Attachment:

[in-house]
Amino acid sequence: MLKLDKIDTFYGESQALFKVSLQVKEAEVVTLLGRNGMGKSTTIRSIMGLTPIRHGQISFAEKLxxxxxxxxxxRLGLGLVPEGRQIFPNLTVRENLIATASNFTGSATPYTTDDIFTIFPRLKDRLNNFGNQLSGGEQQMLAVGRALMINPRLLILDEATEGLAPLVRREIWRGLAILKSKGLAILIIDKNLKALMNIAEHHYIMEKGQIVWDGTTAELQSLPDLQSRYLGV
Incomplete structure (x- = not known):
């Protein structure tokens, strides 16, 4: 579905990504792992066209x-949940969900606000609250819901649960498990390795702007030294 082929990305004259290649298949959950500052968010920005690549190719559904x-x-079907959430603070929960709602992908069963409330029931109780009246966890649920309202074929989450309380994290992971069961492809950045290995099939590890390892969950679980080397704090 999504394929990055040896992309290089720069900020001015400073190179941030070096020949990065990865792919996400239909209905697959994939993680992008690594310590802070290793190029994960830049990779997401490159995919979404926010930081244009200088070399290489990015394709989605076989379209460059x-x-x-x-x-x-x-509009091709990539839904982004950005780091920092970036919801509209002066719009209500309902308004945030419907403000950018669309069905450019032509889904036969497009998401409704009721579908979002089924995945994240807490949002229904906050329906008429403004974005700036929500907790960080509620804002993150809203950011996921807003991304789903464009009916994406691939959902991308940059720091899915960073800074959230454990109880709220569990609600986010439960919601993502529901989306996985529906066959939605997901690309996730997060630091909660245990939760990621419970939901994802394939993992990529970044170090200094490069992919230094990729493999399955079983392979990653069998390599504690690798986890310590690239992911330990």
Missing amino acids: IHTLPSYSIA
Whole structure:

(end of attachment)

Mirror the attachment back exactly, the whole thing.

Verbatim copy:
[in-house]
Amino acid sequence: MLKLDKIDTFYGESQALFKVSLQVKEAEVVTLLGRNGMGKSTTIRSIMGLTPIRHGQISFAEKLxxxxxxxxxxRLGLGLVPEGRQIFPNLTVRENLIATASNFTGSATPYTTDDIFTIFPRLKDRLNNFGNQLSGGEQQMLAVGRALMINPRLLILDEATEGLAPLVRREIWRGLAILKSKGLAILIIDKNLKALMNIAEHHYIMEKGQIVWDGTTAELQSLPDLQSRYLGV
Incomplete structure (x- = not known):
């Protein structure tokens, strides 16, 4: 579905990504792992066209x-949940969900606000609250819901649960498990390795702007030294 082929990305004259290649298949959950500052968010920005690549190719559904x-x-079907959430603070929960709602992908069963409330029931109780009246966890649920309202074929989450309380994290992971069961492809950045290995099939590890390892969950679980080397704090 999504394929990055040896992309290089720069900020001015400073190179941030070096020949990065990865792919996400239909209905697959994939993680992008690594310590802070290793190029994960830049990779997401490159995919979404926010930081244009200088070399290489990015394709989605076989379209460059x-x-x-x-x-x-x-509009091709990539839904982004950005780091920092970036919801509209002066719009209500309902308004945030419907403000950018669309069905450019032509889904036969497009998401409704009721579908979002089924995945994240807490949002229904906050329906008429403004974005700036929500907790960080509620804002993150809203950011996921807003991304789903464009009916994406691939959902991308940059720091899915960073800074959230454990109880709220569990609600986010439960919601993502529901989306996985529906066959939605997901690309996730997060630091909660245990939760990621419970939901994802394939993992990529970044170090200094490069992919230094990729493999399955079983392979990653069998390599504690690798986890310590690239992911330990």
Missing amino acids: IHTLPSYSIA
Whole structure: